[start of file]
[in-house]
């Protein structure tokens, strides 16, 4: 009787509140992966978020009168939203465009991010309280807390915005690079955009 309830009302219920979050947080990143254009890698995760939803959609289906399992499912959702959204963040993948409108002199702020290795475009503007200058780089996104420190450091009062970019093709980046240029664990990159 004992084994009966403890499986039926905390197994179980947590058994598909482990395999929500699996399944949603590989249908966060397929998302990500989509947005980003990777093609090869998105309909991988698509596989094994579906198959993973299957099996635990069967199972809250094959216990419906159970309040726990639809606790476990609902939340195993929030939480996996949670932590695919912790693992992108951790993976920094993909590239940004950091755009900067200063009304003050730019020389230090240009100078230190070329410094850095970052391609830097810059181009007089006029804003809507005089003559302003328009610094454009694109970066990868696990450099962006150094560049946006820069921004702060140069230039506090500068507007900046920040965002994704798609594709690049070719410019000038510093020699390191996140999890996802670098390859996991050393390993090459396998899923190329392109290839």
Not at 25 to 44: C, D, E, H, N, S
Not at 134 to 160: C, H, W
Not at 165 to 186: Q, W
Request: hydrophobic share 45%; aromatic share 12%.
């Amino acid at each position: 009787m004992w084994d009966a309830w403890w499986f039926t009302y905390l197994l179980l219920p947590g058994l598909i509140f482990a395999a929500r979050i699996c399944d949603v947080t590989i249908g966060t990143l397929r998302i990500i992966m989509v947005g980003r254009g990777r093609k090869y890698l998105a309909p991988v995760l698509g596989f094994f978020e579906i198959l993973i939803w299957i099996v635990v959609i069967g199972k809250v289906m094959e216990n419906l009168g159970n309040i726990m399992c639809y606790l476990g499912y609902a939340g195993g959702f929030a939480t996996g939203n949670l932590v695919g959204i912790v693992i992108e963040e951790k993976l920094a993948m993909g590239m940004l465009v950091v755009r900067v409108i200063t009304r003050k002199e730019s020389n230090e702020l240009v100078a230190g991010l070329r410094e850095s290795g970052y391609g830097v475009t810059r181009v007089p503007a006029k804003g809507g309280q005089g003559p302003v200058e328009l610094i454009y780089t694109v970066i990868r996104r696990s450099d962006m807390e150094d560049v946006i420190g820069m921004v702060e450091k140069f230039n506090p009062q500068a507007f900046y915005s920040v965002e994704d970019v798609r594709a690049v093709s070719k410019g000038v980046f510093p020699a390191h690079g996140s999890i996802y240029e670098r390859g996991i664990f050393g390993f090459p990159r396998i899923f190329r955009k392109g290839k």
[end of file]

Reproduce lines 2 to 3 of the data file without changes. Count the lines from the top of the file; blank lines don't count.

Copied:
């Protein structure tokens, strides 16, 4: 009787509140992966978020009168939203465009991010309280807390915005690079955009 309830009302219920979050947080990143254009890698995760939803959609289906399992499912959702959204963040993948409108002199702020290795475009503007200058780089996104420190450091009062970019093709980046240029664990990159 004992084994009966403890499986039926905390197994179980947590058994598909482990395999929500699996399944949603590989249908966060397929998302990500989509947005980003990777093609090869998105309909991988698509596989094994579906198959993973299957099996635990069967199972809250094959216990419906159970309040726990639809606790476990609902939340195993929030939480996996949670932590695919912790693992992108951790993976920094993909590239940004950091755009900067200063009304003050730019020389230090240009100078230190070329410094850095970052391609830097810059181009007089006029804003809507005089003559302003328009610094454009694109970066990868696990450099962006150094560049946006820069921004702060140069230039506090500068507007900046920040965002994704798609594709690049070719410019000038510093020699390191996140999890996802670098390859996991050393390993090459396998899923190329392109290839």
Not at 25 to 44: C, D, E, H, N, S